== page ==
Have you ever wondered what would be the perfect gift for my future spouse? Consider this idea: financial freedom! Whether getting completely out of debt and building your savings, or working towards that end, giving your future husband or wife the gift of financial freedom is priceless. Stuff will rust or get old, but freedom is a new gift every day.
Before we move forward, let us talk about what financial freedom is not. Financial freedom is not:
- Saving every penny and dime and not enjoying life.
- Sacrificing everyday items which you can easily afford (e.g., electricity, heat, air conditioning, food, needed clothing, toiletries, etc.).
- Hoarding unusable items.
- Interrogating your family members about their spending.
- Spending foolishly even if you “have enough.”
- Enabling others to make poor choices.
- Living off parents, relatives, friends, or romantic partners.
It is possible for someone with a billion dollars to be financially bound and someone with $1,000 in the bank to feel financially free. We should seek to make wise choices for ourselves and our families; but, holding “our” money with an open hand and saying, “Lord, all I have is from you. Please do Your will in my finances.”
Keep your life free from love of money, and be content with what you have, for he has said, I will never leave you nor forsake you.” (Hebrews 13:5, ESV)
More Money Than Love?
In the early years of our marriage, when Eric and I started listening to Dave Ramsey’s financial advice, I was surprised to learn there are more verses in the Bible about money than love. Who would have ever guessed that? Much of the American Christian culture is quick to talk about loving our neighbors, but also quick to encourage consumer debt. Our Father has much to say about finances, and managing our money wisely takes on a new meaning when we realize every dime of our money is actually God’s money (cf. Exodus 19:5, Deuteronomy 10:14, Job 41:11, I Timothy 6:6-7).
The earth is the Lord’s and the fullness thereof, the world and those who dwell therein, for he has founded it upon the seas and established it upon the rivers. (Psalm 24:1-2, ESV)
For every beast of the forest is mine, the cattle on a thousand hills. I know all the birds of the hills, and all that moves in the field is mine. If I were hungry, I would not tell you, for the world and its fullness are mine. (Psalm 50:10-12, ESV)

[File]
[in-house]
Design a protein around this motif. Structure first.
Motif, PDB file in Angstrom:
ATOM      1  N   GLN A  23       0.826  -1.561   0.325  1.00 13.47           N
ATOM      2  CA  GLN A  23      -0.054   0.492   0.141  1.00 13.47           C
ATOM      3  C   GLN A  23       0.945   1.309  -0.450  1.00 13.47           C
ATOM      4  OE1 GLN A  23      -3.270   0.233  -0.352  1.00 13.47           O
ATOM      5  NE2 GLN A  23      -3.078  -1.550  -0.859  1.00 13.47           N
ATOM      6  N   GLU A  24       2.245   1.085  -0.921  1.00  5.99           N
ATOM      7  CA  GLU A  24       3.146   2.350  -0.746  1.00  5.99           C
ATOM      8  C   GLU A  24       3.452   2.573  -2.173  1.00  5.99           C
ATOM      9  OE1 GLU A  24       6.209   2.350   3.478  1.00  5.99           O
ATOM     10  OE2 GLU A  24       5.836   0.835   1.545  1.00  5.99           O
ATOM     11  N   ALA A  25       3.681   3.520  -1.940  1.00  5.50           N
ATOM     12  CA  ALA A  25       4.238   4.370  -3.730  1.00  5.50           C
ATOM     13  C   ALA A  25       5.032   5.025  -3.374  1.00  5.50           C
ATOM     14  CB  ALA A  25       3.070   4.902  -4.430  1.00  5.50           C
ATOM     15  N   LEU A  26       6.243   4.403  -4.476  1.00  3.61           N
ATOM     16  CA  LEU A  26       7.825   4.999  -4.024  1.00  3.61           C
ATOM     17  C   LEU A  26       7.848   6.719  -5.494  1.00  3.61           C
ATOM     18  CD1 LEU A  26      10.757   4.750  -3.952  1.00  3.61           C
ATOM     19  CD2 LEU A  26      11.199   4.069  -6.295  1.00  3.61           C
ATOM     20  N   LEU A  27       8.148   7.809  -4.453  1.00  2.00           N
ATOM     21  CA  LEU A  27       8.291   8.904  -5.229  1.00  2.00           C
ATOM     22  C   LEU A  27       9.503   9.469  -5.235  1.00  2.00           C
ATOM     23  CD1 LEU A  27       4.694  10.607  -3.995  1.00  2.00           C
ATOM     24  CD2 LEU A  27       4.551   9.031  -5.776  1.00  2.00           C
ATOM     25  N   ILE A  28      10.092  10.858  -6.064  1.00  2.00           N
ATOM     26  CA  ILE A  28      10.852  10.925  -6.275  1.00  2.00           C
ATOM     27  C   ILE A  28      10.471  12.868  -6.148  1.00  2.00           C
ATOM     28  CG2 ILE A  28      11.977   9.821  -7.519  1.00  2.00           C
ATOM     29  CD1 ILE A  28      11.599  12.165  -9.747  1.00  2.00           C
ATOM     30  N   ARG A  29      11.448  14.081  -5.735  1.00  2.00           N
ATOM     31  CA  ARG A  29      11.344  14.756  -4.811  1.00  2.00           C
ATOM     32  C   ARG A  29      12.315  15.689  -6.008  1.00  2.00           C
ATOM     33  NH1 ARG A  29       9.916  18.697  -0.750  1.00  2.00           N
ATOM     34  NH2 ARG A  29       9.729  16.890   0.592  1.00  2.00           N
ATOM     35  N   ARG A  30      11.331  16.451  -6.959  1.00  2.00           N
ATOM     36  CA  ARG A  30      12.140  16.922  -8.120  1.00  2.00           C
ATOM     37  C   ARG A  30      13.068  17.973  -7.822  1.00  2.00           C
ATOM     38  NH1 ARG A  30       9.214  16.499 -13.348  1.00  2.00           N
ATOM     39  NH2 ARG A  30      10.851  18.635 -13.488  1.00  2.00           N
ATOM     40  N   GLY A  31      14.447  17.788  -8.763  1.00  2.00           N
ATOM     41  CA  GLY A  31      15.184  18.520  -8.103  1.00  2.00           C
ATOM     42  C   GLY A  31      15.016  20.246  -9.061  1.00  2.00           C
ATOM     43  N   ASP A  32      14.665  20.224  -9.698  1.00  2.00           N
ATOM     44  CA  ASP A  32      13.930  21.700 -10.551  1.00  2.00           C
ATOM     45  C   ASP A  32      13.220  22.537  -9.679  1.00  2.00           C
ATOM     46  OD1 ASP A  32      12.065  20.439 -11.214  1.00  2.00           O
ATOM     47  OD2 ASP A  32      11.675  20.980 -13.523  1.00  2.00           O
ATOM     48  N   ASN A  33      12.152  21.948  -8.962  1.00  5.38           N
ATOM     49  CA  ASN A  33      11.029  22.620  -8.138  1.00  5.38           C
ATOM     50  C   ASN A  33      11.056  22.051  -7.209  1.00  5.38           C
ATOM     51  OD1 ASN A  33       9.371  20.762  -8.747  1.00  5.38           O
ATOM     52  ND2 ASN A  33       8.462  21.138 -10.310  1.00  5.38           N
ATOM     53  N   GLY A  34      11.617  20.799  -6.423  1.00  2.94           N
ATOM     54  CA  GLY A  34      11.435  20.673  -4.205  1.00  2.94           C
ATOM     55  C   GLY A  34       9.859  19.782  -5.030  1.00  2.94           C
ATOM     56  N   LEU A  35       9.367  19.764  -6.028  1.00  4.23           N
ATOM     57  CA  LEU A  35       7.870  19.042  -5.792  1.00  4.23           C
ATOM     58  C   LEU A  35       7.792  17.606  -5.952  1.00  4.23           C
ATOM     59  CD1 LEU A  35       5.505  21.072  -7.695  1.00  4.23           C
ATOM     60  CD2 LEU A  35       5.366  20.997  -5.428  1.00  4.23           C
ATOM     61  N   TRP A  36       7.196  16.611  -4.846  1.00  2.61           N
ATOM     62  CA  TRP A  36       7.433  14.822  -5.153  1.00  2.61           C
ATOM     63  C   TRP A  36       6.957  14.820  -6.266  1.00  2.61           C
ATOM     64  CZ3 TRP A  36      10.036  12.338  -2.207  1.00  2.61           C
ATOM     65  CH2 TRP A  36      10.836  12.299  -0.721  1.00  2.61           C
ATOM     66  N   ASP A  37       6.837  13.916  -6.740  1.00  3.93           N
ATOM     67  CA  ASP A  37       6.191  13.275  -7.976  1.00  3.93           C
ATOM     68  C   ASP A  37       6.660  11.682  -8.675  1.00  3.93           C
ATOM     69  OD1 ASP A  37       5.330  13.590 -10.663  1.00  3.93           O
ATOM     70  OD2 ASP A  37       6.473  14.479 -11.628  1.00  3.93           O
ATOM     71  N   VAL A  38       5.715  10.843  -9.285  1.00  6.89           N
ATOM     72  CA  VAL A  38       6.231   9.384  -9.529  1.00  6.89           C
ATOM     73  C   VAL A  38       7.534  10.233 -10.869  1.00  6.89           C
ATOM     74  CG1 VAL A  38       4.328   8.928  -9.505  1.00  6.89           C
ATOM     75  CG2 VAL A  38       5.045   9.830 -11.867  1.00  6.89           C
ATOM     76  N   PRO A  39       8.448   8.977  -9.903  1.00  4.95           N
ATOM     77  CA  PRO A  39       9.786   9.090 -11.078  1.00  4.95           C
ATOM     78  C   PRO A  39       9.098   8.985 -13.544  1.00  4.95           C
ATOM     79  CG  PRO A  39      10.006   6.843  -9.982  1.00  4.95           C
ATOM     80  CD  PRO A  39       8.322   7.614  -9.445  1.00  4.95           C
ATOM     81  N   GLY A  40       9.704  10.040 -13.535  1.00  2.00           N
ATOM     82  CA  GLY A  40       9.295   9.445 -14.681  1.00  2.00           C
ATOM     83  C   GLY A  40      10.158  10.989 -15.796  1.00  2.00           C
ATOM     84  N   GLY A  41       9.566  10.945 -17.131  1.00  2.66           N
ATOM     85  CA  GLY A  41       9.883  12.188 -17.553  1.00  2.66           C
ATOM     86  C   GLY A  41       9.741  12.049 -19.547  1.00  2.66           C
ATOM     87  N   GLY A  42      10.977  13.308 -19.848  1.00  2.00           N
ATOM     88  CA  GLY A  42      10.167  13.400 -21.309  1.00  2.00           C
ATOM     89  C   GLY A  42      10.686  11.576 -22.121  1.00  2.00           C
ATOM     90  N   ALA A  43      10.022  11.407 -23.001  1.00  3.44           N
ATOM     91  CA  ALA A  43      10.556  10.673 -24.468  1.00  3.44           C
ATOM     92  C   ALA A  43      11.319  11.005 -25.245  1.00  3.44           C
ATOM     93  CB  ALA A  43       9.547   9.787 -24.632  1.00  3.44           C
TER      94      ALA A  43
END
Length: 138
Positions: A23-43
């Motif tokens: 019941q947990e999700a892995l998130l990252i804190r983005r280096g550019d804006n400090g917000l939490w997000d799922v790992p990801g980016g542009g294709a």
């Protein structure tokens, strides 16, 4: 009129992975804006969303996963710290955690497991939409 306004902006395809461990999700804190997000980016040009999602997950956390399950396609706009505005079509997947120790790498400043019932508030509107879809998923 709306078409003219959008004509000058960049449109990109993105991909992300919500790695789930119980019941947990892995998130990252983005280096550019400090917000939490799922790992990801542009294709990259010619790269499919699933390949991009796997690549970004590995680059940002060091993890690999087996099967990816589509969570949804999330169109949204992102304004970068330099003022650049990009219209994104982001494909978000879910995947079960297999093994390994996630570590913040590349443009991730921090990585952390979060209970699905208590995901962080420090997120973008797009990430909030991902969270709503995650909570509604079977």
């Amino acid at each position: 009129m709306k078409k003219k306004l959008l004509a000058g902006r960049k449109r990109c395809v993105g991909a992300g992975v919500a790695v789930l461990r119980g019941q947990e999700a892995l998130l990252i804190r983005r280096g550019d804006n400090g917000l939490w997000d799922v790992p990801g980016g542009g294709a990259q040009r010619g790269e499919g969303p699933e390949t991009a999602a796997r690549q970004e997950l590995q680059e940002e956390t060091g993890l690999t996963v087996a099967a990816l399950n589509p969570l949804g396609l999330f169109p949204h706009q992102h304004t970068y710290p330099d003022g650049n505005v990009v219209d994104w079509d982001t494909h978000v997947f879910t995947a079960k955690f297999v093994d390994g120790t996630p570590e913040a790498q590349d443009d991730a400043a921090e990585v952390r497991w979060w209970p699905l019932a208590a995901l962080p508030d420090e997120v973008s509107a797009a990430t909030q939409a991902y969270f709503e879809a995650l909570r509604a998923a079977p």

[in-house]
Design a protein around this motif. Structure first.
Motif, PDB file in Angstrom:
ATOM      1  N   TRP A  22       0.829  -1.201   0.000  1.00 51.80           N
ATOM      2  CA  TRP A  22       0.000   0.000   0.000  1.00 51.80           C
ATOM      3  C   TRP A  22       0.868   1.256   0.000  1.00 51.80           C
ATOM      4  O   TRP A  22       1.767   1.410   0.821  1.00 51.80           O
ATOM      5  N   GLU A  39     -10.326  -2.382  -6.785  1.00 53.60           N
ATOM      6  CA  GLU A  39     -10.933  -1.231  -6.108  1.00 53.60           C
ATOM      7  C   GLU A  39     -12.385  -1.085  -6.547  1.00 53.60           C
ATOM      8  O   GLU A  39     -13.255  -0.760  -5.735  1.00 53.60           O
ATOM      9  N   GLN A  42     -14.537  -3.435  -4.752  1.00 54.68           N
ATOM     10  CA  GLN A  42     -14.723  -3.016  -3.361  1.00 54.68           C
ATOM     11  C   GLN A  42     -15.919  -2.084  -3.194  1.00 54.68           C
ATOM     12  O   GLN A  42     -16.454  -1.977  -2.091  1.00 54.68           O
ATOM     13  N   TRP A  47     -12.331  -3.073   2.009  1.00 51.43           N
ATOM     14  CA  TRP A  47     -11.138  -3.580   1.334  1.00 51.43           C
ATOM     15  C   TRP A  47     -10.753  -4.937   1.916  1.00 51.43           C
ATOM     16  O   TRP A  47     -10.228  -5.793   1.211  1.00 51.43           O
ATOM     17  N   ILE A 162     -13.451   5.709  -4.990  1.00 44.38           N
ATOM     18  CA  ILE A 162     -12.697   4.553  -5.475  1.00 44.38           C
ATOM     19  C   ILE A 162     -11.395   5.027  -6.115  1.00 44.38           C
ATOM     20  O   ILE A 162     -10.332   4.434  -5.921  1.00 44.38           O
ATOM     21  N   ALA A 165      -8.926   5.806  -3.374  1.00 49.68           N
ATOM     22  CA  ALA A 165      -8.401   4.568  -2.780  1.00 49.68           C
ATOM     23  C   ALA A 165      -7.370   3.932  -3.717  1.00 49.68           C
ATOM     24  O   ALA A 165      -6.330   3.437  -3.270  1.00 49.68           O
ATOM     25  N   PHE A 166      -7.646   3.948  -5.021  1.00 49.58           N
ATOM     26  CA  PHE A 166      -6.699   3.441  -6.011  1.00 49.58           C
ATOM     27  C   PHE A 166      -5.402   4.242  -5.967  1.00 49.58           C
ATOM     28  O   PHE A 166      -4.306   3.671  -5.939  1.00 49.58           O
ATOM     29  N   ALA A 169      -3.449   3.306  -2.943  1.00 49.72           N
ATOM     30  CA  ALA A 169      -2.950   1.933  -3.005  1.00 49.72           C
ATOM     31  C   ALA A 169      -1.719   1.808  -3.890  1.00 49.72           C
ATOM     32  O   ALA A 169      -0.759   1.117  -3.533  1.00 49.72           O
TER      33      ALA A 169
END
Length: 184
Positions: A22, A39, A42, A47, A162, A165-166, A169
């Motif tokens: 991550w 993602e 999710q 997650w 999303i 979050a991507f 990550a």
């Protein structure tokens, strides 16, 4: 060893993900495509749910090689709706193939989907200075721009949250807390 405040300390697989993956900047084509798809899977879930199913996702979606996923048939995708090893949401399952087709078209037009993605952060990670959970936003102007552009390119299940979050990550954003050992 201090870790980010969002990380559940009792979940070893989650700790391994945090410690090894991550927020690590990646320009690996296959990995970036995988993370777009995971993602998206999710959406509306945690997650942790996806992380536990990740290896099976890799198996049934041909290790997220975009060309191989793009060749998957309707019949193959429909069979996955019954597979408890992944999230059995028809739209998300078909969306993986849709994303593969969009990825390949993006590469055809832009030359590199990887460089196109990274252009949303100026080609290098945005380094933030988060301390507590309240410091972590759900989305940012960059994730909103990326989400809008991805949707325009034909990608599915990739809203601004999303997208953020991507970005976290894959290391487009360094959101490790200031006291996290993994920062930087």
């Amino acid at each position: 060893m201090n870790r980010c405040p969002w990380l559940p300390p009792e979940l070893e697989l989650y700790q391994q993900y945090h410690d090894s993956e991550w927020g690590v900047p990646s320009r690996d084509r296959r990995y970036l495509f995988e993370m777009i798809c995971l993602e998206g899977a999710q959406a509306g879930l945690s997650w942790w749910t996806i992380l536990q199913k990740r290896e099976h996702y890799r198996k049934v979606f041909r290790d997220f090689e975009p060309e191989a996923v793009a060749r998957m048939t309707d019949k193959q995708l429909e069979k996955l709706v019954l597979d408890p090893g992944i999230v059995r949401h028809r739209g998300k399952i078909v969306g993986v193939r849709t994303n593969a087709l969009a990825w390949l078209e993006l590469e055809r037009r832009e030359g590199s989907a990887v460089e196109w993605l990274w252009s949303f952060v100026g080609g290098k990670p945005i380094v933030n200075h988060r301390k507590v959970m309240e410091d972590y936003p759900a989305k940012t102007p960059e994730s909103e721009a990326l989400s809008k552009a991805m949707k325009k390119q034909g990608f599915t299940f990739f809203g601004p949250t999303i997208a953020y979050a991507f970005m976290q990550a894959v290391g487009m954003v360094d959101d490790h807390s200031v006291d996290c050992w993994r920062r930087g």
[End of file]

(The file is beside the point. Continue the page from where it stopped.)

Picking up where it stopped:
There is freedom in realizing everything I own belongs to my Father. It separates me from the notion that I must feverishly gain wealth for security, but it also reminds me to be wise with what I have because God entrusted it to me.
A faithful man will abound with blessings, but whoever hastens to be rich will not go unpunished. (Proverbs 28:20, ESV)
For from him and through him and to him are all things. To him be glory forever. Amen. (Romans 11:36, ESV)
Gaining Financial Freedom
Financial freedom might look different from person to person, but below are a few tips we recommend for anyone who is actively preparing to get married. (And you do not have to be in a relationship to actively prepare for marriage in this area.)
- Sacrifice first, enjoy second. While you are young and enjoying the newness of your love story, make some financial sacrifices. Young couples and newlyweds do not need much to be deliriously happy. ~smile~ Find creative ways to spend time together, to eat healthy, and to dress. Live on less than you make and save the balance. Pay off debt. Plan a dream vacation and let that dream light a fire beneath you to save toward it. Imagine your future-self, thanking you for making his or her success and comfort possible.
- Drown out the well-meaning voices. It seems as if young couples come with notes attached to their foreheads which read, “No, really – please give us your opinions about how we should spend our money.” Some will tell you that you must spend money to make money. Others will say paying rent is just throwing money away. Occasionally, you might even hear the sentiment that you do not make enough money to tithe. Wait until you are more financially secure to give to your church. You can thank them for their advice or just listen in silence, but you do not have to follow it. Find people you admire who radiate financial wisdom and ask for their ideas. Read what God says about managing money and listen for the Holy Spirit’s guidance. If you feel uneasy about a financial decision, take note, pray, seek counsel, and wait until you have peace.
- Marry someone with similar financial goals. Meet Joe and Leigh. Joe is living on $3.74 until his next payday. Leigh is in school and works as many hours as she can at her brother-in-law’s restaurant. They have gotten used to dollar burger date nights and free local attractions. The difference is Leigh loves her life the way it is. She wants to finish school for the accomplishment, but she mainly wants to work in the restaurant, get married, and then come home to raise her children. Once her children are older, she plans to get a low-stress job and enjoy her life with her husband. Joe, however, has big plans. These plans include climbing the corporate ladder, living in a large city, and making his first million by the time he is thirty. He resents that he cannot afford to take Leigh to nice dinners and fancy shows. Right now, they are in a similar phase, but in a few years (if not sooner) someone is going to have to change his or her plan if they stay together. Either Leigh will have to leave the lifestyle she wants to chase money she does not want. Or, Joe will have to settle for staying in a small town and forgoing the big city career he craves. It is not innately wrong for Joe to want to earn significant money or for Leigh to want a quiet, small town life; but, if they get married, one or both will always feel stifled and bound. One aspect of financial freedom is having the freedom to follow your desired financial path at your desired pace.